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Pacific Lutheran University

Inquiry. Service. Leadership. Care.

Open Access: Educational Resources and Research

OER Adoption in a Nutshell

  1. Find open licensed or public domain materials. (Click on the Find tab to the left to search some recommended OER repositories.)
  2. If licensed, examine the license's requirements for sharing. What notice should be included? What are the guidelines for altering or remixing the work?
  3. Make the materials available to your students, with the licensing attribution as requested.

That's it!

Public Domain vs. Open License vs. All Rights Reserved

A Note about Fair Use

The fair use doctrine in U.S. law permits the use of copyrighted materials without permission from the copyright owner. It depends on the four factors, guidelines for assessing whether a proposed use is fair. Educational use works in favor of the use being fair because using material for educational purposes is likely to be transformative: it adds new context, insight, or meaning to the material. Materials used for educational purposes are often, though not always, factual in nature, which is deemed a public good.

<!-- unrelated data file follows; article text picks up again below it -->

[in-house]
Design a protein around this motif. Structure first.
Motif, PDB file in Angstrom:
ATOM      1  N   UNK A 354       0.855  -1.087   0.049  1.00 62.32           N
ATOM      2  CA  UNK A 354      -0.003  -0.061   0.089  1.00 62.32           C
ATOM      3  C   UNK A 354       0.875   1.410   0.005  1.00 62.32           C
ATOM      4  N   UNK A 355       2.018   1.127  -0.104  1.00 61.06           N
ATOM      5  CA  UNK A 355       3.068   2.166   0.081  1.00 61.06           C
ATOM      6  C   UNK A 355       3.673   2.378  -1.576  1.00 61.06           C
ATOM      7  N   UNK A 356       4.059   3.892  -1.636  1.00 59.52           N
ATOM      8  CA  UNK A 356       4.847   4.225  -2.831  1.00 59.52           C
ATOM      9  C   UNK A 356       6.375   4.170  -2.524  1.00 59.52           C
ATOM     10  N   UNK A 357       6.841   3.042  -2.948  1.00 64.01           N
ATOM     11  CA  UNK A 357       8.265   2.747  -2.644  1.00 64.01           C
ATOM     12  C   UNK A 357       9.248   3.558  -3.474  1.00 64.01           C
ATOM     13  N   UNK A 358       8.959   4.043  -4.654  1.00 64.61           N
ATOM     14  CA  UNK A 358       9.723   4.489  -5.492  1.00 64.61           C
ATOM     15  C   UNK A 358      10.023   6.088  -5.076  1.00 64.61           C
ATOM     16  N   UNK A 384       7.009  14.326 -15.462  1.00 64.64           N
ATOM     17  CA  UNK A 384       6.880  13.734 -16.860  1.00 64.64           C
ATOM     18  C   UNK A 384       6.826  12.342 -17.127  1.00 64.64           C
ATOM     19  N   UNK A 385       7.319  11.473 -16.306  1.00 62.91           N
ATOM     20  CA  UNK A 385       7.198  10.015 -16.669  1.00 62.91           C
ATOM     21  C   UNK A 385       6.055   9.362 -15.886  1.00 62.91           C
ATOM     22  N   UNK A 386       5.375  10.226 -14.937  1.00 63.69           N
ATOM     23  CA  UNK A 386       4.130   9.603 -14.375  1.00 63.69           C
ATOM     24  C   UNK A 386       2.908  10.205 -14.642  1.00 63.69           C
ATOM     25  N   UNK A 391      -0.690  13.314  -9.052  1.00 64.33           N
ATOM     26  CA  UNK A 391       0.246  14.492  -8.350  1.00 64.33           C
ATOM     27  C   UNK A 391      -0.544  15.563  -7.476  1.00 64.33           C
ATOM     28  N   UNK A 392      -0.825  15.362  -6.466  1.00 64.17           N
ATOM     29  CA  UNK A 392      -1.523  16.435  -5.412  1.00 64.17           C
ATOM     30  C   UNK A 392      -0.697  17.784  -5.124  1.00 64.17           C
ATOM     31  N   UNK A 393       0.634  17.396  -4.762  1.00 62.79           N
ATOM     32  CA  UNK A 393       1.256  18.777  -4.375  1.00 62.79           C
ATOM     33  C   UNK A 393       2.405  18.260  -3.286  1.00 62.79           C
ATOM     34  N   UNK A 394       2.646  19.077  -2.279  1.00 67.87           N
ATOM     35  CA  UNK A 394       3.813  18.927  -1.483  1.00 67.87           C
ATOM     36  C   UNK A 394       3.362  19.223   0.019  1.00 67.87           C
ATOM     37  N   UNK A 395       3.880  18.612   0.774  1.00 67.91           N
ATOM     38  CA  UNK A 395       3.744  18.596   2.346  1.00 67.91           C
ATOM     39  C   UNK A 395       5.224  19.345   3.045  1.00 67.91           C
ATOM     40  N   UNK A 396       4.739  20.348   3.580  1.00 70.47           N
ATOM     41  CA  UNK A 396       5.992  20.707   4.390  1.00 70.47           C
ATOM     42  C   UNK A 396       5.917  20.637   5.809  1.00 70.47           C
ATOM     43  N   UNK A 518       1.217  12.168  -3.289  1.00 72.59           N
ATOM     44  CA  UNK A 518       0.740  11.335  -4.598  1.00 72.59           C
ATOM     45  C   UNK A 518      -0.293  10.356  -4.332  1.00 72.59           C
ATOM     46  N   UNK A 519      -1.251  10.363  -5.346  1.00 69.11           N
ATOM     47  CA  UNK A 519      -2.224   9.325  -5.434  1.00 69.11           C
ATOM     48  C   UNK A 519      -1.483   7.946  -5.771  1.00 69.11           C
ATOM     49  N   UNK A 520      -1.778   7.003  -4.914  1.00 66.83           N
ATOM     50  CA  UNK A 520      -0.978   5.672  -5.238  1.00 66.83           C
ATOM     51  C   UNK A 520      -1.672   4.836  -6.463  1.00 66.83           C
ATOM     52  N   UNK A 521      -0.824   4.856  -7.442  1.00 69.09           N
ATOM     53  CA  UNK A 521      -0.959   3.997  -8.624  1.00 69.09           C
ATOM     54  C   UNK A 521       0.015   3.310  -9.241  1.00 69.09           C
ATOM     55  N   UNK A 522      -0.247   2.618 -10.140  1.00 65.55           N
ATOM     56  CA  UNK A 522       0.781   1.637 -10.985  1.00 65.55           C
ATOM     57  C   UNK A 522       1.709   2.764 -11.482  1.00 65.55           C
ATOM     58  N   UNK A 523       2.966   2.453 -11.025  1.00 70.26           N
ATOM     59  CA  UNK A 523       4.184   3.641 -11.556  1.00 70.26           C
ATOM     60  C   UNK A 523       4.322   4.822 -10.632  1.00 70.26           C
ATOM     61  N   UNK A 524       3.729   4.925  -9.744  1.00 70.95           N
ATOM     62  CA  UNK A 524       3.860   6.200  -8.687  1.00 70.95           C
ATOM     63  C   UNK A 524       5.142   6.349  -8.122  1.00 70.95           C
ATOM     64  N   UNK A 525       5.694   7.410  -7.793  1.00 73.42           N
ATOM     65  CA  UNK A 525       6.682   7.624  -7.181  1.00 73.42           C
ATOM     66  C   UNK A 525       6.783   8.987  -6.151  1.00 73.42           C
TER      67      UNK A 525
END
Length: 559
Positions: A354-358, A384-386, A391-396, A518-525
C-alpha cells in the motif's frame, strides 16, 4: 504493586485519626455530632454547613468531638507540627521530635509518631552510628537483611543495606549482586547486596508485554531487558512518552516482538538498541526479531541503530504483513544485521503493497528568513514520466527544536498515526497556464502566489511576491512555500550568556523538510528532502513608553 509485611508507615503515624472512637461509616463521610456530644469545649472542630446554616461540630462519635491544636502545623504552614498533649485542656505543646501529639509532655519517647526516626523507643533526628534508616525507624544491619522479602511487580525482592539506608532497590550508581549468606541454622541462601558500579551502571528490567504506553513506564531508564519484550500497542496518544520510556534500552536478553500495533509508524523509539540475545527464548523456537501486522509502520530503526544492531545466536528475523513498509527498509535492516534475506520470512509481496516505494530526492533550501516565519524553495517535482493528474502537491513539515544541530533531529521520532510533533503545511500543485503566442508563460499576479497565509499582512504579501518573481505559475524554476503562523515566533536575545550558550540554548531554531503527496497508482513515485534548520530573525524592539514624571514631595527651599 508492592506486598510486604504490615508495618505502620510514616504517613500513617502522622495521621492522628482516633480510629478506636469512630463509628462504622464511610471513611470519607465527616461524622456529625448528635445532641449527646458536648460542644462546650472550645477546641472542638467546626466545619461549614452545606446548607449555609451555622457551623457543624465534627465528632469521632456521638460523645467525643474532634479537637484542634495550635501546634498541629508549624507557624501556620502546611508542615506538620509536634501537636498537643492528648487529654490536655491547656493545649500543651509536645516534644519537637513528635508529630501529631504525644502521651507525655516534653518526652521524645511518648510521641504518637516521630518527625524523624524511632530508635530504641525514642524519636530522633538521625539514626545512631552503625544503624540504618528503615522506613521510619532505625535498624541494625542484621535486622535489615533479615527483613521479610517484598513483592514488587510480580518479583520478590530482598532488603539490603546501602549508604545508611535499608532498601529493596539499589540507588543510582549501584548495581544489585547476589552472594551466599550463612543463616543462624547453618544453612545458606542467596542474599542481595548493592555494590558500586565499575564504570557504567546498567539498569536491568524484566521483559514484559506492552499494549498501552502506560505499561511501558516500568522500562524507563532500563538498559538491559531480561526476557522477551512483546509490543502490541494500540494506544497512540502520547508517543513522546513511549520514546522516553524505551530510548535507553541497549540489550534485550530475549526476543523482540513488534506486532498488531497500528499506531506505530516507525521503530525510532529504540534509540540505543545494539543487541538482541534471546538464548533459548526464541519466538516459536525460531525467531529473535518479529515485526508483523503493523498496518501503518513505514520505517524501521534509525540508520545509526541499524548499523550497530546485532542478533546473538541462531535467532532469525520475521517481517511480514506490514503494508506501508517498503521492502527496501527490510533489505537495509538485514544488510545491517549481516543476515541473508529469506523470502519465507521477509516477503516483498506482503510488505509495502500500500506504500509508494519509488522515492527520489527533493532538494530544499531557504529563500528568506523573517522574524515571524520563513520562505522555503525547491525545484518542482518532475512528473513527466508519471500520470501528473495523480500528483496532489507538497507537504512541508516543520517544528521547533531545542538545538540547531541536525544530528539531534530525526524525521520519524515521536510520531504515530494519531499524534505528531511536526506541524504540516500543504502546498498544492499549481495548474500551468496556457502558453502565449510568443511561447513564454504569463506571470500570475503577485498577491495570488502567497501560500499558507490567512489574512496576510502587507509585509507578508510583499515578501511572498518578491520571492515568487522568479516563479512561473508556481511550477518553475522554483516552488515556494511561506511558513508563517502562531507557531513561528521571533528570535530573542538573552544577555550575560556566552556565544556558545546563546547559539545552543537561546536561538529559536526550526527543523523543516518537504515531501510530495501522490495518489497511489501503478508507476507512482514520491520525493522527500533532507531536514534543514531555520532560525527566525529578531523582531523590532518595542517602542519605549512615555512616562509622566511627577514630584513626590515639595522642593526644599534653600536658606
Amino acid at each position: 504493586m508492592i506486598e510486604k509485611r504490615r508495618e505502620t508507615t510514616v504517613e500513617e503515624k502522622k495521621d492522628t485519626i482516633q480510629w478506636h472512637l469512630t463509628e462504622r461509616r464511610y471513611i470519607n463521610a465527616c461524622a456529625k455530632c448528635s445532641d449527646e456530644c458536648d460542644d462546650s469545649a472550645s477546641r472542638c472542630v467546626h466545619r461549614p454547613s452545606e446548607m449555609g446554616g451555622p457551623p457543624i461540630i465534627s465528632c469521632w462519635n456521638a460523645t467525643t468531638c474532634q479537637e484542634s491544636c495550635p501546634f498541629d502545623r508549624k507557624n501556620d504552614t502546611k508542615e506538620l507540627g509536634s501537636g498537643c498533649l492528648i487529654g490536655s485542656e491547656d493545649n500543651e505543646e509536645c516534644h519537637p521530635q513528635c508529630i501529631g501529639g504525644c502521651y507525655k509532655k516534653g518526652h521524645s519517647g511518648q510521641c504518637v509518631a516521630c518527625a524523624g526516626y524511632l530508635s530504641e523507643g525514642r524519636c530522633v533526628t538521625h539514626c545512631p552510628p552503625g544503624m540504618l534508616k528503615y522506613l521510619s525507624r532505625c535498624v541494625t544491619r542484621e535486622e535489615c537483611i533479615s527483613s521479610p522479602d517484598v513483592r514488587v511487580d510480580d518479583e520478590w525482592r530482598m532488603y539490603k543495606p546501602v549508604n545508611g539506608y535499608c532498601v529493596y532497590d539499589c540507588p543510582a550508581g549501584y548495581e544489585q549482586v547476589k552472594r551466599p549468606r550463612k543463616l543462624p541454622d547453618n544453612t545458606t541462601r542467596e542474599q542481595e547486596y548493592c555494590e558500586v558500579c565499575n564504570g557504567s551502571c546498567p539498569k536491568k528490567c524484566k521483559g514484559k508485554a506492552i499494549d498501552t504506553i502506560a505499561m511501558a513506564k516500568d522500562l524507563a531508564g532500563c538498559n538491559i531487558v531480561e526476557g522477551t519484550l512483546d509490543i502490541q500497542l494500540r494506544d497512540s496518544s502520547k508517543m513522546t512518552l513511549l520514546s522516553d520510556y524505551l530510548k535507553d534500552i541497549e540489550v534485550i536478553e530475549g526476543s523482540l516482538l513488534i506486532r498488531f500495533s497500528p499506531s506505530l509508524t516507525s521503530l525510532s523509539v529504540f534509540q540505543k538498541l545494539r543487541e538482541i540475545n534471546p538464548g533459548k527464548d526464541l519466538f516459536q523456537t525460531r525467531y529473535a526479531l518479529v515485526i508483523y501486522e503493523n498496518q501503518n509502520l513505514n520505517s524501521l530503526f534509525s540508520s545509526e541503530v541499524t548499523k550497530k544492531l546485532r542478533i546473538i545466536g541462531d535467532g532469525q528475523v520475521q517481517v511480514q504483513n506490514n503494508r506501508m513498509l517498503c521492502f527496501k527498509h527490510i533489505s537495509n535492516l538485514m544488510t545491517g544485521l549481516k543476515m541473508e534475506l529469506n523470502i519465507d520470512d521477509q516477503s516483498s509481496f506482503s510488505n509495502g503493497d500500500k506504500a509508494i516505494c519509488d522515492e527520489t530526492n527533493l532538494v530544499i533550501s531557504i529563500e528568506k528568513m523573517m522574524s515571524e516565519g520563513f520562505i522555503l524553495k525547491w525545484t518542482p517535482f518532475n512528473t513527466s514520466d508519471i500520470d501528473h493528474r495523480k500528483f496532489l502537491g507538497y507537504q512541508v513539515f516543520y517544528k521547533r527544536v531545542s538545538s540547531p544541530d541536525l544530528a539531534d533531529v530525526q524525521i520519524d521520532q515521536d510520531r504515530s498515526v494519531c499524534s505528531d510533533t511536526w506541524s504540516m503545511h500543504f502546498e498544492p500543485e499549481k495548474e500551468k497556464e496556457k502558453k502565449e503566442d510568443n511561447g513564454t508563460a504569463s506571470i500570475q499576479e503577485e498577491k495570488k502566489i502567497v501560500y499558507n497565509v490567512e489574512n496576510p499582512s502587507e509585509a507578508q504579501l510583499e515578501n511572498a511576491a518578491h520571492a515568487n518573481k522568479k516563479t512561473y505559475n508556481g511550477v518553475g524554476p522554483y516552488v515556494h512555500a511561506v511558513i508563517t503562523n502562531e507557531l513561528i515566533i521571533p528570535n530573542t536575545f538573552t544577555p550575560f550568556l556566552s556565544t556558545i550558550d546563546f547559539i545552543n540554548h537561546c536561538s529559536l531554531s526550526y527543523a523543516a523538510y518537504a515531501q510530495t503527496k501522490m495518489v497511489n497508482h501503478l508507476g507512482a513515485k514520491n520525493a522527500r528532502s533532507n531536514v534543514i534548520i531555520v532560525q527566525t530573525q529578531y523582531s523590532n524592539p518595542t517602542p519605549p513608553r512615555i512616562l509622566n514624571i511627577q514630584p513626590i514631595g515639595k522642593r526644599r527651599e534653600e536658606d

However, the use being educational does not automatically mean the use is fair. For more on copyright and fair use, see our guide.

Making Materials Available

1. Link online. Many open textbook sites will allow you to link directly to the hosted online version.

2. Post PDF to Sakai. If a PDF is available, you can post it to your course Sakai for students.

3. Ask Lute Locker to stock print edition. For students who prefer a (low-cost) print edition. To use VET scholarship and financial aid funds for books, students must purchase through Lute Locker.